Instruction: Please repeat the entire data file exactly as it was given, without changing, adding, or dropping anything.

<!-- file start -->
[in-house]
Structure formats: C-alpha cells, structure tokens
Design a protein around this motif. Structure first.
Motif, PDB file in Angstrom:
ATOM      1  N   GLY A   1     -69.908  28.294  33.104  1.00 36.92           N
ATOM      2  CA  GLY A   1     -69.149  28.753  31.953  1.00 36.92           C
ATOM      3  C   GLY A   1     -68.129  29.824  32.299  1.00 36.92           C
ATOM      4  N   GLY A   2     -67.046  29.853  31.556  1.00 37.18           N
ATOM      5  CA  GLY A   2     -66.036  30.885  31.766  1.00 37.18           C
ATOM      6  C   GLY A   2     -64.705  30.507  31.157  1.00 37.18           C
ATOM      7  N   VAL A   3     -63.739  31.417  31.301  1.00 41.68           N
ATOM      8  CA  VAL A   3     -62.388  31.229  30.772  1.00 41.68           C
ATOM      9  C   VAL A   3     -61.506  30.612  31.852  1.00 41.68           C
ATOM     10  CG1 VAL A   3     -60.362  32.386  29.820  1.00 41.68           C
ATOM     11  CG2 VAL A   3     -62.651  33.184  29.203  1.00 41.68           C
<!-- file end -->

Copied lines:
[in-house]
Structure formats: C-alpha cells, structure tokens
Design a protein around this motif. Structure first.
Motif, PDB file in Angstrom:
ATOM      1  N   GLY A   1     -69.908  28.294  33.104  1.00 36.92           N
ATOM      2  CA  GLY A   1     -69.149  28.753  31.953  1.00 36.92           C
ATOM      3  C   GLY A   1     -68.129  29.824  32.299  1.00 36.92           C
ATOM      4  N   GLY A   2     -67.046  29.853  31.556  1.00 37.18           N
ATOM      5  CA  GLY A   2     -66.036  30.885  31.766  1.00 37.18           C
ATOM      6  C   GLY A   2     -64.705  30.507  31.157  1.00 37.18           C
ATOM      7  N   VAL A   3     -63.739  31.417  31.301  1.00 41.68           N
ATOM      8  CA  VAL A   3     -62.388  31.229  30.772  1.00 41.68           C
ATOM      9  C   VAL A   3     -61.506  30.612  31.852  1.00 41.68           C
ATOM     10  CG1 VAL A   3     -60.362  32.386  29.820  1.00 41.68           C
ATOM     11  CG2 VAL A   3     -62.651  33.184  29.203  1.00 41.68           C